The familiar thump of a flounder’s strike sent shockwaves up my line and chills down my spine. Nothing hits quite like a trophy flounder, and after counting to three, I set the hook knowing this was a big one.
After making several runs, including under the boat, the thick 22-inch fish slid into the net, making for a perfect start to a late winter morning. Yes, late winter.
Winter continues through March 20. The last four weeks of the chilly season and the first month of spring signal a second prime time for catching flounder along the Gulf of Mexico coastline.
Better known as a fish of the fall, due to its mass migration to Gulf waters to spawn in November, these flounder migrate back in the spring. The action can be red hot if you know where to look.
The ship-channel section between a bay system and the Gulf sees the first action, and many flounder inhabit these areas all the way until the fall migration run.
Anglers should seek out flounder holds — small spots where these fish can move quickly from shallow to deep water. The ideal flounder hold is a small spot or shelf on the edge of a steep drop-off into the channel. The hold might be a 20-square-foot area in 6 feet of water that borders a 20-foot drop-off. Such vertical-relief scenarios create a specific zone where flounder can feed on baitfish. These holds produce well on outgoing and incoming tides.
The most popular bait to fish is a live mud minnow or finger mullet on a Carolina rig, but I prefer curl-tail grubs tipped with a piece of dead shrimp rigged on an ⅛-ounce jighead. Crawled slowly across the bottom, any of these presentations can draw strikes.
Another early-flounder spot to try, particularly on incoming tides, is a mudflat adjacent to deeper water. The flounder migrate in on the tide toward the shallows to feed and enjoy warmer temperatures, particularly on sunny afternoons. These muddy zones host tiny crustaceans and other marine life.
I begin my early-flounder fishing with light gear: a 6-foot, light-action spinning rod and a reel with a 5.2-to-1 gear ratio spooled with 10-pound-test fluorocarbon line. I tie on a 2-inch, smoke-colored curl-tail grub or a 2-inch shad imitation tipped with shrimp. Light gear helps because these early fish often barely grab a lure, unlike later in the year when most bites involve a more classic flounder thump. Some fish can be super aggressive, but about half of the fish I catch in spring lightly strike the lure.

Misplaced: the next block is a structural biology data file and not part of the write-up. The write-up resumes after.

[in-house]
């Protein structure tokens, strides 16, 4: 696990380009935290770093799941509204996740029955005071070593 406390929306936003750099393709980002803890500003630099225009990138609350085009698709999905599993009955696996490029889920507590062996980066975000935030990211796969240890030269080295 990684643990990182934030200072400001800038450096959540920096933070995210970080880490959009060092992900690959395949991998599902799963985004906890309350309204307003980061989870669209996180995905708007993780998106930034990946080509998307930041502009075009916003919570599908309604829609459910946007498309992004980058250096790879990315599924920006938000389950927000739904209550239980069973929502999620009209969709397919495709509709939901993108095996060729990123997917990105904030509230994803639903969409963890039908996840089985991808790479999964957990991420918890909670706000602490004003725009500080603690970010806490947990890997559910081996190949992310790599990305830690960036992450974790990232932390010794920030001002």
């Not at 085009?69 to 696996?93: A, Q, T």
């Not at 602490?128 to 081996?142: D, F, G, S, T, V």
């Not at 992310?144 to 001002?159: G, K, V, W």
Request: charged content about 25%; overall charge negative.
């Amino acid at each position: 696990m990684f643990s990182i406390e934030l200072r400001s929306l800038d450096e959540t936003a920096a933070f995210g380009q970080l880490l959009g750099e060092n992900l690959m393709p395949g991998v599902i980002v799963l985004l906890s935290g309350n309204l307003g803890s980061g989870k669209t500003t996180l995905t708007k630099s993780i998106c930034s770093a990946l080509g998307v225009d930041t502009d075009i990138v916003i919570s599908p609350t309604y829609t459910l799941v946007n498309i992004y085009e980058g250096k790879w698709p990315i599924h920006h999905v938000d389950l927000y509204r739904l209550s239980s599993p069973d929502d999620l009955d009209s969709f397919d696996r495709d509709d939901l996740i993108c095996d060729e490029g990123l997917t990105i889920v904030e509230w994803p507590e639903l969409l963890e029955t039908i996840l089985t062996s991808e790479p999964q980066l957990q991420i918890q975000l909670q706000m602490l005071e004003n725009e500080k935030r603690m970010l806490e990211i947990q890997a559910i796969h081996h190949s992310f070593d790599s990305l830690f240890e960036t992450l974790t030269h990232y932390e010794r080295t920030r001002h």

If the bite is strong, I switch to a medium-heavy-action spinning rod with 30-pound braided line. The stiffer rod with the braid allows better hook penetration in the flounder’s bony mouth. I keep both rigs available.
The Shift to Marshes and Bayous
As spring arrives, many flounder make their way into the marshes. Anglers can find them around the mouths of cuts. Look for concentrations of small menhaden in the eddies around the cuts. These tiny baitfish we most frequently encounter in spring can’t negotiate strong tides so they look for calmer water.
Consummate ambush predators, flounder wait at these locations and feed aggressively. Target bayous, sloughs, and other drains with concentrations of menhaden and an eddy. When tides run excessively high, seek flounder along the bay system’s main shorelines in stands of roseau cane.
Roseau cane features an intricate system somewhat like a smaller version of a mangrove, giving menhaden a place to linger, hide and dodge large predators. Fish these areas during the first few hours of a falling tide. As the water recedes, the menhaden lose their cover, and the predator action begins.
Don’t expect to catch limits of fish every trip, as you might have done during the main fall run. But you might catch your biggest fish of the year. The relatively few anglers who seek flounder during this period bag some nice ones. And the fishing only improves as the waters warm.
Water clarity can be a major factor in catching flounder. Murky water makes for terrible fishing.
In most of Florida, Alabama and Mississippi, water conditions, except those after major rain events, remain suitable for flounder fishing. In Louisiana and Texas, however, finding good water conditions particularly in spring can be challenging.
Read Next: Top Flounder Fishing Tips
One rule of thumb I use: If you still can see your lure in 18 inches of water, stay and fish. If the lure disappears because of the murky conditions, move elsewhere. The flounder just won’t bite.
In recent years, various issues, including warming Gulf temperatures that hinder spawning, have caused flounder-population declines. The fishery remains viable, but scientists urge anglers to release the bigger, breeding-size fish.
That’s why I released the 22-incher that I wrote about above. Since 2008, I’ve returned to the water all fish that measured more than 20 inches. Every angler should have a chance to experience that big flounder thumping their line. In the world of Gulf Coast fishing, there’s nothing quite like it.
About the Author: Chester Moore is an award-winning wildlife journalist and conservationist from Orange, Texas. He is a lifelong angler, author of Flounder Fever and was named a Hero of Conservation by Field & Stream for his efforts with the southern flounder fishery.